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Prospects from Prospect Hill, Part 2: The Prayer Meeting

The only way to get to the Prospect Hill monument is a map or GPS. There is no signage to speak of, and the monument isn't what you might call stunning. It's big, but not huge. Both itself and what it commemorates seems little more than a footnote. Go on up and read it for yourself.

On Prospect Hill, Sheldon Jackson, T.C. Cleland and J.C. Elliott, strict Presbyterians all, pledged in prayer to beget a campaign, as the monument still claims, to “win the west for Christ."

Let that sit for a minute. 

Fifty-some years later, in 1923, thoughtful Presbyterians honored those prayers and created a wide white monument that still sits on an oddly cut parcel of ground, high--high!--above the city and the river that created it, a monument that gives those missionaries grand billing: "who on April 29, 1869, from this hill top viewed the great unchurched areas and after prayer went out to win the west for Christ."

So genuinely American! In 1869, Prospect Hill stood high above a river town that had begun to sell itself as the jumping off place, the "last stop," for an unending train of emigrant settlers going west. Most had no interest in winning anything for Christ; they just wanted a better life. Some, just as noteworthy as the pastors, felt called to a similar task with a wholly different end--to win the West for their pocketbooks. But they were all going out west to land white America thought it deserved—a matter of Manifest Destiny.

In 1874, a rowdy Sioux City newspaper editor named Charles Collins began a nationwide crusade to drum up a thousand people--as many as he could enlist--to strike out from here to the Black Hills, flouting the law. The Ft. Laramie Treaty, a year earlier, had granted possession of the Black Hills to the Great Sioux Nation; but Collins, et al, could honor nothing but gold. When Custer's explorations let it be known that the Black Hills had gold, entrepreneurs like our own Charles Collins trumpeted the call. “A treaty, you say? Who wants to get rich? Hey, come on along.”

An old photo of Prospect Hill makes all of this perfectly visible. There are no houses and it’s treeless, nothing but windswept bluffs outfitted as far as you can see in knee-high grasses waving in the winds all of us know are simply always there. Imagine what all of them see, Collins and the Presbyterians--no farms, no groves, no dwellings of any kind, maybe even a small herd of buffalo. Nothing was out there. Nothing. Sioux City was perfectly positioned to be the nation’s biggest and last truck stop for thousands of emigrant prairie schooners.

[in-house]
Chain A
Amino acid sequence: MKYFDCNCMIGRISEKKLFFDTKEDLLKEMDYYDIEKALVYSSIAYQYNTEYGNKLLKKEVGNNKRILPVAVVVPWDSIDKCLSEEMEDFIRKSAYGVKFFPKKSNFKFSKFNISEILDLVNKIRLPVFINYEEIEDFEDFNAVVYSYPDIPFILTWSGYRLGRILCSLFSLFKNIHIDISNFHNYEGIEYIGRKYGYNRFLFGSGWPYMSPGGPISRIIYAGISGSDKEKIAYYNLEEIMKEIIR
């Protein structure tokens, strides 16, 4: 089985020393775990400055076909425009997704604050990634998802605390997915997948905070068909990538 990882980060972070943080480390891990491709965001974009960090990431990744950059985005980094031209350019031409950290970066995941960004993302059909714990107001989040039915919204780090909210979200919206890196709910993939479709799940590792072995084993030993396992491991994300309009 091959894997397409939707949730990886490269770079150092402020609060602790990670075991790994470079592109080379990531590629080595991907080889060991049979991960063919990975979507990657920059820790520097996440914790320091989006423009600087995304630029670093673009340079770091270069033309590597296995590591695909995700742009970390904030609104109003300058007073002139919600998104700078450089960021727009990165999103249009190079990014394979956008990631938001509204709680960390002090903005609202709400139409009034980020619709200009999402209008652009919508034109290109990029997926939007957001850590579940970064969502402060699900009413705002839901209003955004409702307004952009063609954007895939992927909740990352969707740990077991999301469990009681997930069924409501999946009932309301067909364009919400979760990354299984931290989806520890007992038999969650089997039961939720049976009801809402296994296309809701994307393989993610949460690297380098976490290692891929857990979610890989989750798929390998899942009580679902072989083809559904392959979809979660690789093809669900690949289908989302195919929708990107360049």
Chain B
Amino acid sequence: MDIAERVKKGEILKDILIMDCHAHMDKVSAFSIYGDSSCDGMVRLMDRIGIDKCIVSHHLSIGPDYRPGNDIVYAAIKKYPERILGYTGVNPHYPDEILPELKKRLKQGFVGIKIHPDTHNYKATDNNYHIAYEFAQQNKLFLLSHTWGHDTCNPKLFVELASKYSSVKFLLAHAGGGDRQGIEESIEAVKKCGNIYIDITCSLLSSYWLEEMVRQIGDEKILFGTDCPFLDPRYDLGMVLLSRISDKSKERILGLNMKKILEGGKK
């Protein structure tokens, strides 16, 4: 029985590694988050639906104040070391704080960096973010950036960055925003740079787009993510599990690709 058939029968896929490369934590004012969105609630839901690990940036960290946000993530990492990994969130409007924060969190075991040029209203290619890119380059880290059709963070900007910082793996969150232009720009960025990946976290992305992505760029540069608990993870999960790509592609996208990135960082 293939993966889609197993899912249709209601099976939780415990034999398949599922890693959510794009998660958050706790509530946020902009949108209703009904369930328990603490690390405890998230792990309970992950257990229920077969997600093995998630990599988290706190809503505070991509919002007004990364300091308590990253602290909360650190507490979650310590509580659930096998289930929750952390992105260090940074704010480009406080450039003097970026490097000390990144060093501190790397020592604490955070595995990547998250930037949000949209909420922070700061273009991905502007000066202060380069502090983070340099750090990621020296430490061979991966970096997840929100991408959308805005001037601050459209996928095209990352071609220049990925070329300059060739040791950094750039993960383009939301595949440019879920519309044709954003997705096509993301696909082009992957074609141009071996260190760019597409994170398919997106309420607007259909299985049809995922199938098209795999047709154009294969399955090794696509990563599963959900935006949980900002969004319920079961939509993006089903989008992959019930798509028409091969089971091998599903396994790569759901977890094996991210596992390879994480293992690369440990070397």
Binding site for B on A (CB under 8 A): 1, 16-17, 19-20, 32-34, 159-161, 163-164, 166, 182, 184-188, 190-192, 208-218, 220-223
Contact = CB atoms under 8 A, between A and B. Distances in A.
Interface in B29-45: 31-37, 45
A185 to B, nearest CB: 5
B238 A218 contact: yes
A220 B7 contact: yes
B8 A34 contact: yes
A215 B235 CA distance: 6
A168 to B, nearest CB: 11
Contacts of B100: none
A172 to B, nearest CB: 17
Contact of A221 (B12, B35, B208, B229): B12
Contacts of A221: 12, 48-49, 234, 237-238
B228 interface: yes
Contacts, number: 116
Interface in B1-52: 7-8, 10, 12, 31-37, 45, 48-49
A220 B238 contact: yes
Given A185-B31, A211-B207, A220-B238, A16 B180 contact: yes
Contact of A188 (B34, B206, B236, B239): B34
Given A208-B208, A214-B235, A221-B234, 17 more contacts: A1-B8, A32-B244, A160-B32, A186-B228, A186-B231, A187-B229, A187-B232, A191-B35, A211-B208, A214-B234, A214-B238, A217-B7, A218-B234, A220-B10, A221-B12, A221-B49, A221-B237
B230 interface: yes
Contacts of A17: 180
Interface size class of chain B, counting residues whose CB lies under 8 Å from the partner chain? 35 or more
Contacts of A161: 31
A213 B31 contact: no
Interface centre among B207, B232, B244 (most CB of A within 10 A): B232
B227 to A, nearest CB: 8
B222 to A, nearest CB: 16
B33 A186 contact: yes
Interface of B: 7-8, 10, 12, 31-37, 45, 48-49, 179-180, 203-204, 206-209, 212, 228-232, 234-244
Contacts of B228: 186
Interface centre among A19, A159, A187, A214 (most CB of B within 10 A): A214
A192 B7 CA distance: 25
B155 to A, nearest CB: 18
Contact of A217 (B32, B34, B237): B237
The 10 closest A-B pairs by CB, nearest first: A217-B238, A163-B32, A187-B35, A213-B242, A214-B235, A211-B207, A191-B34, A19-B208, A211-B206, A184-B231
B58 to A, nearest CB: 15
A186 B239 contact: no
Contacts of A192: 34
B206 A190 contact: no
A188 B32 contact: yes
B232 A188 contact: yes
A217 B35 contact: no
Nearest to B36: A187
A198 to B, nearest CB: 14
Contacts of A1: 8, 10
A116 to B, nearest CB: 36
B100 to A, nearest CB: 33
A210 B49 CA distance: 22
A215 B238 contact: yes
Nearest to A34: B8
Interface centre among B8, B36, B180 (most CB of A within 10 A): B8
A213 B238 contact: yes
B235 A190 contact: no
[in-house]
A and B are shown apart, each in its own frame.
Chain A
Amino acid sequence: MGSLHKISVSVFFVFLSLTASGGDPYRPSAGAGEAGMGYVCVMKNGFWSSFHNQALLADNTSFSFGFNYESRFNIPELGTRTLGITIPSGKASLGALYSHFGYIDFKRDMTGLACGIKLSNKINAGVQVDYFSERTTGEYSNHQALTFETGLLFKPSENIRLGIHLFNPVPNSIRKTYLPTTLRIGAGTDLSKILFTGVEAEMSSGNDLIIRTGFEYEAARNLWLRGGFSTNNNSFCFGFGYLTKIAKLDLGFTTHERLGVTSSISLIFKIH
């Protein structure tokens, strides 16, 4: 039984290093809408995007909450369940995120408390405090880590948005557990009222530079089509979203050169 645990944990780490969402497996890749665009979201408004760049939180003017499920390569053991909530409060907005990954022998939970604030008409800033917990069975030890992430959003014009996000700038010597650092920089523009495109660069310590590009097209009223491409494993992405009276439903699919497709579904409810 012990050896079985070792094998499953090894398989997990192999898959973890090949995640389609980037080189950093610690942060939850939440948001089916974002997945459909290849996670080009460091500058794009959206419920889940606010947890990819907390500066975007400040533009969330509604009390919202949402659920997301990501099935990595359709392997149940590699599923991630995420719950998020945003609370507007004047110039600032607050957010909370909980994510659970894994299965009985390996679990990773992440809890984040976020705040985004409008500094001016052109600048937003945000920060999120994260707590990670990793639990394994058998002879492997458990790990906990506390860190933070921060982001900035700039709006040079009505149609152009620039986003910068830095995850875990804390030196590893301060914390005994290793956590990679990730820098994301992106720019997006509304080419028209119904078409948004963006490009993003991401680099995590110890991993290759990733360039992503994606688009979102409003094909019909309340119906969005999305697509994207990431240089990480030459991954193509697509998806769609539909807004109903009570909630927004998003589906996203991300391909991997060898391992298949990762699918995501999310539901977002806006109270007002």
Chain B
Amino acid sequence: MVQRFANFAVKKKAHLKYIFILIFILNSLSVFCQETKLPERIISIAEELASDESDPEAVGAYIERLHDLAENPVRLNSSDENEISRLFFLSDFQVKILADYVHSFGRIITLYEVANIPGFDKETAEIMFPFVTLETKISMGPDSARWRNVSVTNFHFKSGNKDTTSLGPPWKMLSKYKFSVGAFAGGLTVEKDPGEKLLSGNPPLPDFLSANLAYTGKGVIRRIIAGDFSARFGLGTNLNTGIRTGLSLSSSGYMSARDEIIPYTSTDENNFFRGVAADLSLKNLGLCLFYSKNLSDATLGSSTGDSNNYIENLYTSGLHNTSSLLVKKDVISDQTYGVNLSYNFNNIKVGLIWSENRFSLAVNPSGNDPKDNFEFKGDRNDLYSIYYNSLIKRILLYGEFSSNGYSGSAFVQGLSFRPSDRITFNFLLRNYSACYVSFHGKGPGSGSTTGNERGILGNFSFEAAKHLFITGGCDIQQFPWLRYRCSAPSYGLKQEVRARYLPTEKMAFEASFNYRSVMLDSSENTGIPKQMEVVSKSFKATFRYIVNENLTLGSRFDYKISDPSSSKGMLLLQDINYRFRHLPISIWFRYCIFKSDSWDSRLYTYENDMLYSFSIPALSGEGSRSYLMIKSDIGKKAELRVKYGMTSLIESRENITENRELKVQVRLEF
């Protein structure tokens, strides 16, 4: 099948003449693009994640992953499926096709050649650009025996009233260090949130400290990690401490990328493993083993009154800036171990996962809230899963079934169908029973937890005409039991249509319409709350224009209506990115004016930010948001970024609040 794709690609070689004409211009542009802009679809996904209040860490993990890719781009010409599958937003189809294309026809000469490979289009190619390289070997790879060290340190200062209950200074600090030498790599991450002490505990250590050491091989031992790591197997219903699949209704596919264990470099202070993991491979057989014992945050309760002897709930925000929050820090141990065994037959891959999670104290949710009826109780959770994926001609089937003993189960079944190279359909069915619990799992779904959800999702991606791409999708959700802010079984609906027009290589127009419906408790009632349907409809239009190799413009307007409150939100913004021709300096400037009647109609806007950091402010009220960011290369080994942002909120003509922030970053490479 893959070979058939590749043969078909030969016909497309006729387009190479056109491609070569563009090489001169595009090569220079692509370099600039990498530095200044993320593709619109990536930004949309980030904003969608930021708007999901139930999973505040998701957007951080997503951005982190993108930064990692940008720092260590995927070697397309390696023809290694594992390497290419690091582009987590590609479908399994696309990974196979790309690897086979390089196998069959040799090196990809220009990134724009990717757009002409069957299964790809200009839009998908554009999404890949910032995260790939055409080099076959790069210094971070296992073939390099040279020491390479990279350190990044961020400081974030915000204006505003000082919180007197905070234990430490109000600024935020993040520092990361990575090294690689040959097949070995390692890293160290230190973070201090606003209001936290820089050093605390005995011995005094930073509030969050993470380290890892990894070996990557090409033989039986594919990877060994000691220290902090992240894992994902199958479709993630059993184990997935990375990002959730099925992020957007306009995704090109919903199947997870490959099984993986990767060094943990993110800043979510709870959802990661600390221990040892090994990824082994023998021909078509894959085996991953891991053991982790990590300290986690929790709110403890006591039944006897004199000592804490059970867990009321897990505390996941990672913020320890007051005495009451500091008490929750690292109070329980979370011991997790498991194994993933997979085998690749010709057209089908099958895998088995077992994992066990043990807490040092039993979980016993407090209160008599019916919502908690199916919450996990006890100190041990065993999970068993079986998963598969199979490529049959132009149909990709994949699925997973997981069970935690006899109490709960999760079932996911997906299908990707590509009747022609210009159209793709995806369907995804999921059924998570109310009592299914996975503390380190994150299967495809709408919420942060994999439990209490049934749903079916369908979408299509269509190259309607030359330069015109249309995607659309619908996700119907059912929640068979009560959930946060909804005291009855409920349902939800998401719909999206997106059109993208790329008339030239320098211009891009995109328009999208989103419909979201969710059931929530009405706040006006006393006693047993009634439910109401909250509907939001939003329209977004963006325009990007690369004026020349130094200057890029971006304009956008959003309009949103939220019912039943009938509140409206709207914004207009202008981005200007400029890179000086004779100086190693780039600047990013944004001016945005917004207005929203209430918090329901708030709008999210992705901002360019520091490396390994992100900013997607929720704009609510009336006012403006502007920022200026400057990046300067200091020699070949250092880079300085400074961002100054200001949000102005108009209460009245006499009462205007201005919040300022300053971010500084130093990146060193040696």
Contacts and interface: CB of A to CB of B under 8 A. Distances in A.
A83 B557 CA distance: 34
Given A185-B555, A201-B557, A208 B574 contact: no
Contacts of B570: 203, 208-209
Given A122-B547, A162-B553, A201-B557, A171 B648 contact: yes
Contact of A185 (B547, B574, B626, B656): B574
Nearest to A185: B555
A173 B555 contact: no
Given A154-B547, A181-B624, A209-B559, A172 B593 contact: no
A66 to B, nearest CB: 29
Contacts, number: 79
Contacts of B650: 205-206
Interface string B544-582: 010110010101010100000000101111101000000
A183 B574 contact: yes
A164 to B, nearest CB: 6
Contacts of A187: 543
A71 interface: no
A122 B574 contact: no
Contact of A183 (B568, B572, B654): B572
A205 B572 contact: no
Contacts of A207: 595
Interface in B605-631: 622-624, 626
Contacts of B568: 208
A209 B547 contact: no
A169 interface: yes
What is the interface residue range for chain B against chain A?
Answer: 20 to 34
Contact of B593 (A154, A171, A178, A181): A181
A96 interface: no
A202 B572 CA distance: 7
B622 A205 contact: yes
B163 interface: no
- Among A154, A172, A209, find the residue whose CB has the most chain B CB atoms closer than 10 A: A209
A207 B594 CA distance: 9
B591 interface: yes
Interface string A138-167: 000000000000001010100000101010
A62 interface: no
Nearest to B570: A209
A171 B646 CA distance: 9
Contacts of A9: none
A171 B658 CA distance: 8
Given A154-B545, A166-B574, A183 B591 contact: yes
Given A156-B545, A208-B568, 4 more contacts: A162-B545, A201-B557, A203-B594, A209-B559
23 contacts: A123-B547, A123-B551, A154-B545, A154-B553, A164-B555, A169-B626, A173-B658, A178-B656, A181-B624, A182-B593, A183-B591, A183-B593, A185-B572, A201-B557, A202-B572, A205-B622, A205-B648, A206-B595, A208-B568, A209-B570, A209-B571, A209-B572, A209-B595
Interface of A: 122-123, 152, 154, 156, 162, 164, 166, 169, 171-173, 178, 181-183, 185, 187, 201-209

That’s what the three of them saw. That’s how all of them dreamed.

In the middle of the 20th century, the soft sandstone of Prospect Hill got worn away by wind and rain, putting that strange old monument at risk. That’s when it was moved to where it stands today, still teasingly close to that brimming overlook Leonias once halfway blundered down.

It's an amazing place really, a sliver of land amid a handful of dwellings that appear to have lost some energy. 

If you ask me, the monument is still a wonder. There’s far more history here than that included even in its own grand ambitions. In an odd way, it still tells our story.

Dr. Jim Schaap doesn’t know what on earth happens to his time these days, even though he should have plenty of it, retired as he is (from teaching literature and writing at Dordt College, Sioux Center, IA). If he’s not at a keyboard, most mornings he’s out on Siouxland’s country roads, running down stories that make him smile or leave him in awe. He is the author of several novels and a host of short stories and essays. His most recent publications include Up the Hill: Folk Tales from the Grave (stories), and Reading Mother Teresa (meditations). He lives with his wife Barbara in Alton, Iowa.
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